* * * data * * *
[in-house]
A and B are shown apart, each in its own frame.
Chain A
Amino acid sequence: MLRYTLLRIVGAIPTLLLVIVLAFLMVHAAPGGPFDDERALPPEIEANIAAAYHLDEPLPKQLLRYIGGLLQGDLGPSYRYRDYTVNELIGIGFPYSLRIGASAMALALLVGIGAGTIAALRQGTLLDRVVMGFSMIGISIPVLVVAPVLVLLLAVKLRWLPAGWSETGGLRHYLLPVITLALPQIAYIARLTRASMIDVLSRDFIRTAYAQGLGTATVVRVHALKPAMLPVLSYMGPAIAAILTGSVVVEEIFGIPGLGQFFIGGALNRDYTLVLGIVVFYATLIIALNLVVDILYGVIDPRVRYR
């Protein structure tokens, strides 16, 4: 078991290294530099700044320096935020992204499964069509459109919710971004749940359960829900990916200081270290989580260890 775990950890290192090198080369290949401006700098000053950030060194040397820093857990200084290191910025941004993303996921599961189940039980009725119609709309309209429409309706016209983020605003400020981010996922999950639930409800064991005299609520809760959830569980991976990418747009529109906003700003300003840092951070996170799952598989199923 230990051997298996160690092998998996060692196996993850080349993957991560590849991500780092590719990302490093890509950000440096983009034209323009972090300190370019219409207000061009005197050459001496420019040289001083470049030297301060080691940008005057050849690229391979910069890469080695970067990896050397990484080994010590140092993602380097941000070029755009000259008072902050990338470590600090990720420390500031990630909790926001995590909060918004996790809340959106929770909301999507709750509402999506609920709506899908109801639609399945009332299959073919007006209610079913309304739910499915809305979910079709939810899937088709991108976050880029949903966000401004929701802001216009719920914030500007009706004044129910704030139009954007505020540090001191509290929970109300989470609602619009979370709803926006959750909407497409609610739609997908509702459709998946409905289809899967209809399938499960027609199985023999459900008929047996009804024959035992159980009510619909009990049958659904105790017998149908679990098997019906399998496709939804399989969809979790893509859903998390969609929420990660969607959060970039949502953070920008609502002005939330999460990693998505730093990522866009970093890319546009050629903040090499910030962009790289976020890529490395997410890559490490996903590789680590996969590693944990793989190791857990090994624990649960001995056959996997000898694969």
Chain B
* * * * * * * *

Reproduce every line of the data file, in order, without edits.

[in-house]
A and B are shown apart, each in its own frame.
Chain A
Amino acid sequence: MLRYTLLRIVGAIPTLLLVIVLAFLMVHAAPGGPFDDERALPPEIEANIAAAYHLDEPLPKQLLRYIGGLLQGDLGPSYRYRDYTVNELIGIGFPYSLRIGASAMALALLVGIGAGTIAALRQGTLLDRVVMGFSMIGISIPVLVVAPVLVLLLAVKLRWLPAGWSETGGLRHYLLPVITLALPQIAYIARLTRASMIDVLSRDFIRTAYAQGLGTATVVRVHALKPAMLPVLSYMGPAIAAILTGSVVVEEIFGIPGLGQFFIGGALNRDYTLVLGIVVFYATLIIALNLVVDILYGVIDPRVRYR
């Protein structure tokens, strides 16, 4: 078991290294530099700044320096935020992204499964069509459109919710971004749940359960829900990916200081270290989580260890 775990950890290192090198080369290949401006700098000053950030060194040397820093857990200084290191910025941004993303996921599961189940039980009725119609709309309209429409309706016209983020605003400020981010996922999950639930409800064991005299609520809760959830569980991976990418747009529109906003700003300003840092951070996170799952598989199923 230990051997298996160690092998998996060692196996993850080349993957991560590849991500780092590719990302490093890509950000440096983009034209323009972090300190370019219409207000061009005197050459001496420019040289001083470049030297301060080691940008005057050849690229391979910069890469080695970067990896050397990484080994010590140092993602380097941000070029755009000259008072902050990338470590600090990720420390500031990630909790926001995590909060918004996790809340959106929770909301999507709750509402999506609920709506899908109801639609399945009332299959073919007006209610079913309304739910499915809305979910079709939810899937088709991108976050880029949903966000401004929701802001216009719920914030500007009706004044129910704030139009954007505020540090001191509290929970109300989470609602619009979370709803926006959750909407497409609610739609997908509702459709998946409905289809899967209809399938499960027609199985023999459900008929047996009804024959035992159980009510619909009990049958659904105790017998149908679990098997019906399998496709939804399989969809979790893509859903998390969609929420990660969607959060970039949502953070920008609502002005939330999460990693998505730093990522866009970093890319546009050629903040090499910030962009790289976020890529490395997410890559490490996903590789680590996969590693944990793989190791857990090994624990649960001995056959996997000898694969």
Chain B